The independent effect of lead exposure on MetS may be explained by the fact that the occurrence of MetS caused by lead exposure is rather complicated and involves some other factors, which do not completely overlap with those in the process of MetS development due to imbalance of TSH levels. Oxidative stress induced by lead exposure plays an important role in several biological processes in vivo. It may cause an increase in the production of proinflammatory mediators and lipid peroxidation, suppress nitric oxide (NO) levels, and alter calcium homeostasis, which in turn increase the likelihood of clinical disorders in the MetS cluster [14, 15]. Other factors influenced by lead exposure, other than that related to lipid profiles also have significant associations with MetS. Especially, suppression of NO is related to the development of MetS components such as insulin resistance, endothelial dysfunction, hypertriglyceridemia, and chronic adipose tissue inflammation . NO participates in many important physiological processes, including the regulation of vasodilation and regional blood flow and mitochondrial biogenesis and function. Reduction in the bioavailability of NO can cause endothelial dysfunction, and impaired activity of isoenzymes that play a role in NO formation is closely associated with insulin resistance [31, 32]. In addition, calcium homeostasis is also correlated with the occurrence of MetS [33, 34]. Abnormal serum calcium levels may affect insulin sensitivity and insulin release, which in turn leads to an increase in the risk of diabetes and MetS . Based on these explanations, there are several more pathways through which lead can cause MetS, besides the common pathway shared with TSH level modifications. While dysregulation of lipid metabolism is the overlapping pathway of MetS causation by lead and TSH, dysfunction of non-lipid factors which also link the association between lead and MetS are not yet proved to be related to TSH levels [35–40]. Therefore, the effect of lead on the occurrence of MetS can be regarded as an independent effect not mediated by TSHs.
The importance of this study is that we revealed the significant associations between lead exposure and TSH levels and that between lead exposure and MetS in a large representative sample of the general Korean population. Previous studies reporting the associations between two of the three variables mentioned above using nationwide data have mostly been conducted in the United States, and only a limited number of studies have been conducted in the general Asian population. Moreover, most studies on lead exposure in Korea have been conducted in industrial workers, and no study has reported the association between lead and TSH levels in the general Korean population. Hence, this was the first study to report the association between lead exposure and TSH levels in the general Korean population. Another remarkable strength of this study is that we noticed that TSH is closely related to both lead exposure and MetS and hypothesized the role of TSH as an intermediate factor. By examining the effect of TSH in the relationship between lead and MetS, we verified that TSH does not have an influence on the effect of lead exposure on MetS development and thereby eliminated the possibility that previous studies on lead and MetS could have overestimated the effect of lead exposure on MetS development.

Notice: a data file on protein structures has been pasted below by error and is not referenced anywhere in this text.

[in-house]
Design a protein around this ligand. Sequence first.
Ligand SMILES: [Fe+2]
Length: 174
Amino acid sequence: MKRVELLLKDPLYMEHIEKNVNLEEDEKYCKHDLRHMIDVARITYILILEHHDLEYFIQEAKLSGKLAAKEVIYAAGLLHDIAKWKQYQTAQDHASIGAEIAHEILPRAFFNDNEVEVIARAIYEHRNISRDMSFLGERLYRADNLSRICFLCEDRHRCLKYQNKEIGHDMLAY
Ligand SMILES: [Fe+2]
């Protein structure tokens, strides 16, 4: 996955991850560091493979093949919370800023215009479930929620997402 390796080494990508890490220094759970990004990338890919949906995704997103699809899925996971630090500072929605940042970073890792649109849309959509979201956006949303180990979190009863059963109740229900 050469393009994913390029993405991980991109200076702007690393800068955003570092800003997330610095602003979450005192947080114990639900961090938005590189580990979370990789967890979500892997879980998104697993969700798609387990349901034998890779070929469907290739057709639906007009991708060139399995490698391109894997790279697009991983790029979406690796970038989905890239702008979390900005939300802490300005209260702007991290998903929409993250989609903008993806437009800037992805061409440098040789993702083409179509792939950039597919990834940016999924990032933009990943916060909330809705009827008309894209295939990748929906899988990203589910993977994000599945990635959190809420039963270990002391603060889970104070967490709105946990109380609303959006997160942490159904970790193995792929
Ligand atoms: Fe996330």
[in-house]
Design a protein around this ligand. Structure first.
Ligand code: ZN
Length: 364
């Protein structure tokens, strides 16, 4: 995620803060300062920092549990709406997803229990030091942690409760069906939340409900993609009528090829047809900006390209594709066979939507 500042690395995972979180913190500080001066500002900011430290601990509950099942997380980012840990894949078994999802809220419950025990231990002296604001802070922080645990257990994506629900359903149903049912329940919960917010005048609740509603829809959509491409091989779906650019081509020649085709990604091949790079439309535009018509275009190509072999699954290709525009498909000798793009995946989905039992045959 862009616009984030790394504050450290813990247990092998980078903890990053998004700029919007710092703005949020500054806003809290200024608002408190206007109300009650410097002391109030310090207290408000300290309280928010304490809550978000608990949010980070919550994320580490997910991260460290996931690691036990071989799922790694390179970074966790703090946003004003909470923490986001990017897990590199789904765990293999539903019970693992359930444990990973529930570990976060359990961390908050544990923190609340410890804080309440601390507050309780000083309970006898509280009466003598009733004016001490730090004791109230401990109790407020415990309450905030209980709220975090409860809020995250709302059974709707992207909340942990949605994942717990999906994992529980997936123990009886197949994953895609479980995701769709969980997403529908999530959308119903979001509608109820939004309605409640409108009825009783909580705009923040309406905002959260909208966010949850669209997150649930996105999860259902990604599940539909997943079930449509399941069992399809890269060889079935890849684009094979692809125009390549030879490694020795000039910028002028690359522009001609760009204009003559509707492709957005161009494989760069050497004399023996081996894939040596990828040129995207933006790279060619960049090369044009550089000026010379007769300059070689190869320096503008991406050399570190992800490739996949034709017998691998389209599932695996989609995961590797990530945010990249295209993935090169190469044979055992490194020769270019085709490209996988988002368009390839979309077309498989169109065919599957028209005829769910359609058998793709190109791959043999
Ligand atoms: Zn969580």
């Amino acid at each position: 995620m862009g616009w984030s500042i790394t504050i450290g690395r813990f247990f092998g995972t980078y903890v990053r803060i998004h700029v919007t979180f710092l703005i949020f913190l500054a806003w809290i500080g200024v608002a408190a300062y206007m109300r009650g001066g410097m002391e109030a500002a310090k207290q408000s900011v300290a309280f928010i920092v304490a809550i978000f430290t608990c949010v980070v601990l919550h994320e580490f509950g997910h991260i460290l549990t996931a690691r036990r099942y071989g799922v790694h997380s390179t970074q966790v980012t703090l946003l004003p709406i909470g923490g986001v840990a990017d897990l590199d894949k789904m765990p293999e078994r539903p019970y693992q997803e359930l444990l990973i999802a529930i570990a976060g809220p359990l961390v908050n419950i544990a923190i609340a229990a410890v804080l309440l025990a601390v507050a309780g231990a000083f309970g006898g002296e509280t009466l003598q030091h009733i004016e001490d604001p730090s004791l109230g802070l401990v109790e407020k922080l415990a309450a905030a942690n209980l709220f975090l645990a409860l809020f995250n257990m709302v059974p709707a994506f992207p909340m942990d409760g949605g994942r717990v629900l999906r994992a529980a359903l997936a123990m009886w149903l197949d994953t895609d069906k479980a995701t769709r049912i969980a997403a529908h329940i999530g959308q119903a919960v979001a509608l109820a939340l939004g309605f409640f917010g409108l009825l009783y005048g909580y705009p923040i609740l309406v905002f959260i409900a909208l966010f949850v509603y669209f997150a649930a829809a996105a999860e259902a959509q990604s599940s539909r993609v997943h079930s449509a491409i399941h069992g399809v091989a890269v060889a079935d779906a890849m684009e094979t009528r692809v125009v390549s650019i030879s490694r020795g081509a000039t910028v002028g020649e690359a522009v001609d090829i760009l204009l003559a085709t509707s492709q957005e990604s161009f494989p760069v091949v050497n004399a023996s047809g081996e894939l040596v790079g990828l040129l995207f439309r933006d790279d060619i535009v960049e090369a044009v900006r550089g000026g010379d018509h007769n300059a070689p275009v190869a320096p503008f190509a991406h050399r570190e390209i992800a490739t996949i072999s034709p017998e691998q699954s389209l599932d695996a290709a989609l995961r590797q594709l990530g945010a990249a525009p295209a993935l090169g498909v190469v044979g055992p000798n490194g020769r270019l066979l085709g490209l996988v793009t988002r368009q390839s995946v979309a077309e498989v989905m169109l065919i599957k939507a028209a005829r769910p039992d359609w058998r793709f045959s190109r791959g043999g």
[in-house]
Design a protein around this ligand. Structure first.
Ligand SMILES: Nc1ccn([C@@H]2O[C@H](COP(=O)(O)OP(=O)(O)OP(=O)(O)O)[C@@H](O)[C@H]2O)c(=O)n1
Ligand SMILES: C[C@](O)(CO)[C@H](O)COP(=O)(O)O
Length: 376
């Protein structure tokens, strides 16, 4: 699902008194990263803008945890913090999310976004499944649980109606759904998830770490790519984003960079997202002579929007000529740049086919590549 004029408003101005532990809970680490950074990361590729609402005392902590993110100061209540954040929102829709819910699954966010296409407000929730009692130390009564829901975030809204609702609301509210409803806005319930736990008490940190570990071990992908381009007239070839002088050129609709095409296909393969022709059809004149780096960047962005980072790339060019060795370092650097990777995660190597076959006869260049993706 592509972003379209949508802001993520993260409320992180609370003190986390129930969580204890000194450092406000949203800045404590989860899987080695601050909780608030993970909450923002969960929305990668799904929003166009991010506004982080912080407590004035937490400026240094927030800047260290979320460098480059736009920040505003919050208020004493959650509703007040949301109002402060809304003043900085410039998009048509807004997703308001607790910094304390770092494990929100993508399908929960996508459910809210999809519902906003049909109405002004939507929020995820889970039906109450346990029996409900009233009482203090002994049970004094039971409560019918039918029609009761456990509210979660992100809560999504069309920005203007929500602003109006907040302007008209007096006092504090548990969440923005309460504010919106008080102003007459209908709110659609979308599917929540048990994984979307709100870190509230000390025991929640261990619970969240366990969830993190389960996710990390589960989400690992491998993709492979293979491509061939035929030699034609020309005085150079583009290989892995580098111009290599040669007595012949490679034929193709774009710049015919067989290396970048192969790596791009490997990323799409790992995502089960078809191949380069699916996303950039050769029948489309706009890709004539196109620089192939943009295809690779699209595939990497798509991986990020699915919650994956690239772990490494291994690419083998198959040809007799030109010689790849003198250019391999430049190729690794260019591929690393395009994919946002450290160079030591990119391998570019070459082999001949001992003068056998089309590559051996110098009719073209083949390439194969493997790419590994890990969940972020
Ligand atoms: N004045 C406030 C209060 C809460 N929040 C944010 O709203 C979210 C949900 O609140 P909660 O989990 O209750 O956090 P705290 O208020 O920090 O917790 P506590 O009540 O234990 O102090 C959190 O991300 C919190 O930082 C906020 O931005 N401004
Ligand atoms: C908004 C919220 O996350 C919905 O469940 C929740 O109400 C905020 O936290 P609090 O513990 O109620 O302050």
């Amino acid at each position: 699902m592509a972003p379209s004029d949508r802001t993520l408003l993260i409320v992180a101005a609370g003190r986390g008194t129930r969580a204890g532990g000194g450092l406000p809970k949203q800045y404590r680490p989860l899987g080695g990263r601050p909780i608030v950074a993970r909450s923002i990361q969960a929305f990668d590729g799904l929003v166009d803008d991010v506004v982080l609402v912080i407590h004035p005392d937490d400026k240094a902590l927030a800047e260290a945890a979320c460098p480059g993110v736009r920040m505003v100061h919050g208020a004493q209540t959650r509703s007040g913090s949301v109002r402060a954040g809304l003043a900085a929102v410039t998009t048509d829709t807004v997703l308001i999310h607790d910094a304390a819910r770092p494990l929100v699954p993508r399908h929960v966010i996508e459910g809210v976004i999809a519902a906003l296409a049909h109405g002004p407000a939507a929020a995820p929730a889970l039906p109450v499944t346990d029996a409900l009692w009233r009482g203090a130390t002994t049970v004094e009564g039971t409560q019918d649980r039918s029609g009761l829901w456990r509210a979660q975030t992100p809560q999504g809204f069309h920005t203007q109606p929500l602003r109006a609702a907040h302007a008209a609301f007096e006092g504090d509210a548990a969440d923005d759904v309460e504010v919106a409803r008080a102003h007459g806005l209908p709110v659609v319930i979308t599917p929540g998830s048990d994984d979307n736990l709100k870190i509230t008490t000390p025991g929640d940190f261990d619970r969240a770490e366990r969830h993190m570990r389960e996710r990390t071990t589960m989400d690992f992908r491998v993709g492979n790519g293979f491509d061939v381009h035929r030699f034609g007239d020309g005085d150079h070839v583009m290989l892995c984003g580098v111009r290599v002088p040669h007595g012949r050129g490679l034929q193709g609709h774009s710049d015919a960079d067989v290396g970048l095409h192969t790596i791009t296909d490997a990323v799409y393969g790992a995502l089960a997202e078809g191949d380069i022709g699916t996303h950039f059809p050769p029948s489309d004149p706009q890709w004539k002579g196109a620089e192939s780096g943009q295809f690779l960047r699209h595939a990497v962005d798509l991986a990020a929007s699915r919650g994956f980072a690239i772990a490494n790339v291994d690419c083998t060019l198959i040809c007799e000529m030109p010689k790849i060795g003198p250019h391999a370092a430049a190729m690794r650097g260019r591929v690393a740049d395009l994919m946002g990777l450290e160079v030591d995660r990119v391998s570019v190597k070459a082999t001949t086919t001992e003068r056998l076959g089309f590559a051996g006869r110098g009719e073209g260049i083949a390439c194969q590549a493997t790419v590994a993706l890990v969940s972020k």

There are some limitations to our study. First, as KNHANES data are cross-sectional survey data, the associations that we illustrated cannot represent a causal relationship. Second, we only utilized TSH as an indicator of thyroid function. KNHANES data also include the data on serum levels of fT4, which are also widely used as a measure of thyroid function, but we did not determine the effect of fT4 on the association between blood lead and MetS. However, TSH is independently affected by lead exposure regardless of other thyroid hormones [9, 29, 41], whereas the effect on other thyroid hormones is associated with the duration of exposure to lead . Since KNHANES does not provide relevant data on the duration of exposure to environmental risk factors, it would be inappropriate to use fT4 as an indicator of thyroid function. Finally, blood lead mainly represents the degree of recent exposure as lead has a biological half-life of less than 30 days in the blood . Therefore, blood levels of lead may not be a useful marker for determining the effect of long-term exposure to environmental lead on chronic diseases, such as MetS. Bone lead is a preferable biomarker of cumulative lead exposure instead of blood lead . However, we used blood lead levels in our analysis because the data from KNHANES did not include data on bone lead levels. Yet, since the measurement error of exposure is likely to be non-differential, the actual association can be expected to be larger.
A significant association between blood lead levels and MetS was observed in the general Korean population. Moreover, serum TSH levels were both positively associated with blood lead concentrations and MetS. The association between lead exposure and MetS was not attenuated after adjustment for TSH levels, suggesting that TSH does not mediate the effect of lead exposure on MetS development. These findings may indicate that lead has an independent effect on the pathogenesis of MetS. Further studies are needed to quantify the associations between lead and TSH in general populations and to examine the mechanism of MetS due to lead exposure.